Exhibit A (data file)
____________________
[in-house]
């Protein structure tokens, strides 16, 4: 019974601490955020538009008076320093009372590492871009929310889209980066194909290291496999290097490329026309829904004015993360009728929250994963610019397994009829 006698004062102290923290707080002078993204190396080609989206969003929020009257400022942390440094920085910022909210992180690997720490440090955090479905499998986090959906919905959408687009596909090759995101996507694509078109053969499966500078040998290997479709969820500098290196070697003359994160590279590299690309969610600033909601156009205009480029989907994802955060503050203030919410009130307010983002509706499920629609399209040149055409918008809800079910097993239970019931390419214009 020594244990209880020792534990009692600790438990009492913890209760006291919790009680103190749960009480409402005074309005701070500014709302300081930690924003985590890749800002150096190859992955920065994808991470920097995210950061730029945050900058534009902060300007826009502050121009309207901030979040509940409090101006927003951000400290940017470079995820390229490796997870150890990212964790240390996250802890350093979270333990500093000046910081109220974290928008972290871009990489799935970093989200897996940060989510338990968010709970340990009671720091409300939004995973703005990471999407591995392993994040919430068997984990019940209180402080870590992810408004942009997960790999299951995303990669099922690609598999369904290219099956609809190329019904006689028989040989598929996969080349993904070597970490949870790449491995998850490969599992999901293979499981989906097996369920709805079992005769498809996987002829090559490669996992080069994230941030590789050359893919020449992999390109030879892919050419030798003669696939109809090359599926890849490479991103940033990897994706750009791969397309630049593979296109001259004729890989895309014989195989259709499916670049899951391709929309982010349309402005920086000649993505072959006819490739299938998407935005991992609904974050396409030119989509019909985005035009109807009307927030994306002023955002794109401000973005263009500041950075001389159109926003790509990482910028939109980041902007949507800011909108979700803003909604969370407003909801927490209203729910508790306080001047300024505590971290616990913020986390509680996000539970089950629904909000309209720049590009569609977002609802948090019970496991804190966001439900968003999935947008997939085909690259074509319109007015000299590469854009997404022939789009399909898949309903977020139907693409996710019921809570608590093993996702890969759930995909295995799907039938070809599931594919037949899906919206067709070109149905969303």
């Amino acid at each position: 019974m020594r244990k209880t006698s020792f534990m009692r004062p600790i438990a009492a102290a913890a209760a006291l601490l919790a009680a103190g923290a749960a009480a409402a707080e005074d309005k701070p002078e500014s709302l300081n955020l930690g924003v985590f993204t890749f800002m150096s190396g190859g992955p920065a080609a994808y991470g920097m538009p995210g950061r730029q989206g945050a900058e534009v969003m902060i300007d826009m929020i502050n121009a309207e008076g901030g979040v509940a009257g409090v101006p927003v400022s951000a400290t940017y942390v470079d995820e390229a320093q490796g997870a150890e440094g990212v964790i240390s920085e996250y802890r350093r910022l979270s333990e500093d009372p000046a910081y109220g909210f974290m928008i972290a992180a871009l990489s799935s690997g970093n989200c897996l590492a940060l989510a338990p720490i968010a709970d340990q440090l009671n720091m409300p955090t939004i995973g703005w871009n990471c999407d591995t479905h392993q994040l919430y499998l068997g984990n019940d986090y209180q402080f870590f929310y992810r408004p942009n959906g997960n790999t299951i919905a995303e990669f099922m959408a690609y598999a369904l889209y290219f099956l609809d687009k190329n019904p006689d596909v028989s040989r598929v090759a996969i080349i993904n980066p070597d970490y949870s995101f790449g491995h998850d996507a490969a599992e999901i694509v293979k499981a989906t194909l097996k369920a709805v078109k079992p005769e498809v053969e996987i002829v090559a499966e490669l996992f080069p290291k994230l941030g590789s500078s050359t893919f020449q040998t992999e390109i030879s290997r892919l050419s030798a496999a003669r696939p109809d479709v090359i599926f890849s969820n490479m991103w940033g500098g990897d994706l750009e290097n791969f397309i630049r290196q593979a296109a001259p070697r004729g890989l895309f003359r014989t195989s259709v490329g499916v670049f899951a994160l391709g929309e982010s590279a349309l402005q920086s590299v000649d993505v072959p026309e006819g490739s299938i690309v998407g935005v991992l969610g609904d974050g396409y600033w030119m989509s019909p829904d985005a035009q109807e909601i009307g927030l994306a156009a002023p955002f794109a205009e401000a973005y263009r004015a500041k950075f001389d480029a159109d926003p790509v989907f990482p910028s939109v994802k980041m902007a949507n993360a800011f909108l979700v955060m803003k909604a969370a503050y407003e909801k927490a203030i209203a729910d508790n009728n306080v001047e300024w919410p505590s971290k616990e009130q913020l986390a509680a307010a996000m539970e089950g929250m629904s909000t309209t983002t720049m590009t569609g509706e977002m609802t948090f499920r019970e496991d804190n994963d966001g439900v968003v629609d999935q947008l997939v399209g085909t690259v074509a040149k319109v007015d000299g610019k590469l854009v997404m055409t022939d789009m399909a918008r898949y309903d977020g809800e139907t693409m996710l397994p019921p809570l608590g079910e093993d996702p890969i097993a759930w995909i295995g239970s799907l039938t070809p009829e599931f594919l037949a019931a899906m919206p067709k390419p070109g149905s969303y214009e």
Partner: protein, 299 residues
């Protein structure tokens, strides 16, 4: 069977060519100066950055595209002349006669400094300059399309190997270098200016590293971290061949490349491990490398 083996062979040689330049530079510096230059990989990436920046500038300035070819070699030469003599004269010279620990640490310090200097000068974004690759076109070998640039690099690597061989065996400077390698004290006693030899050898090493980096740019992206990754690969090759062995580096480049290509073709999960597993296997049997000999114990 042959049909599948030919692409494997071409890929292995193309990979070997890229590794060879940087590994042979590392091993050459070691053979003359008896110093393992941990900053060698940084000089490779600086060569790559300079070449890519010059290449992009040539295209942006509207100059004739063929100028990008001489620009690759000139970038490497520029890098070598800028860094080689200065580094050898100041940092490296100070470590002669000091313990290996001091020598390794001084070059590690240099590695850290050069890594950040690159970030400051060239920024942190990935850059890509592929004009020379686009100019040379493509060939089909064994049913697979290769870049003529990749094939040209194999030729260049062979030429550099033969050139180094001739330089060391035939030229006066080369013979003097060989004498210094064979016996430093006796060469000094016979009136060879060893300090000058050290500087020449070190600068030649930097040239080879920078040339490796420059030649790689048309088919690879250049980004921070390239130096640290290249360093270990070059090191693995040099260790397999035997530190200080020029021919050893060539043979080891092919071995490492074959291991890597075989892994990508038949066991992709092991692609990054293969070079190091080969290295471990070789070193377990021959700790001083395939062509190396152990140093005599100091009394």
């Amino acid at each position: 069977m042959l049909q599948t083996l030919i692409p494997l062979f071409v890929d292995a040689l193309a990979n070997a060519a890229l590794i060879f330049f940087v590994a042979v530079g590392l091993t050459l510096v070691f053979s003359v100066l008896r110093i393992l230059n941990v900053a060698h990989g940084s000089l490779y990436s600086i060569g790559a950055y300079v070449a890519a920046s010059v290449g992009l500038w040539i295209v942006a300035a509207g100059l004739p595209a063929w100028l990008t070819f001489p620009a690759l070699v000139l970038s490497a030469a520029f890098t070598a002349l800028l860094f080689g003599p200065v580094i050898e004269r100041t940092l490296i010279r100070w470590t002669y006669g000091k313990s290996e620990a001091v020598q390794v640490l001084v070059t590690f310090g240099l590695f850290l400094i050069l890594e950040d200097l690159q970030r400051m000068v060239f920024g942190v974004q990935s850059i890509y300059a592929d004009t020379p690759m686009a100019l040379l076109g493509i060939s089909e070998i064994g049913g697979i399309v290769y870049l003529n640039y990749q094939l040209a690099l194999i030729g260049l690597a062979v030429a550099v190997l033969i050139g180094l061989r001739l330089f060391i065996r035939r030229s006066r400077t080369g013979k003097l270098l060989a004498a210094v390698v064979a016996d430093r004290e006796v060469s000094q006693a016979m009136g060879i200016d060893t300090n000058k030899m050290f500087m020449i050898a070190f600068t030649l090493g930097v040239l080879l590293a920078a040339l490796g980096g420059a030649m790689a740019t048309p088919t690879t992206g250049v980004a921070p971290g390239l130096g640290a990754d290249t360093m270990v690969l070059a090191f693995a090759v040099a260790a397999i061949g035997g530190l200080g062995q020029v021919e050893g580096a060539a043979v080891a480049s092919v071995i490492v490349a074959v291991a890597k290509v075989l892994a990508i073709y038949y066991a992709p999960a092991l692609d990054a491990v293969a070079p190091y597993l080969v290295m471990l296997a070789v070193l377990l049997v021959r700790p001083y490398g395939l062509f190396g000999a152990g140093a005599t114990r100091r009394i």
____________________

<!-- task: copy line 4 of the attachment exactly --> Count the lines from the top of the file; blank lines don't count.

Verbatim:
Partner: protein, 299 residues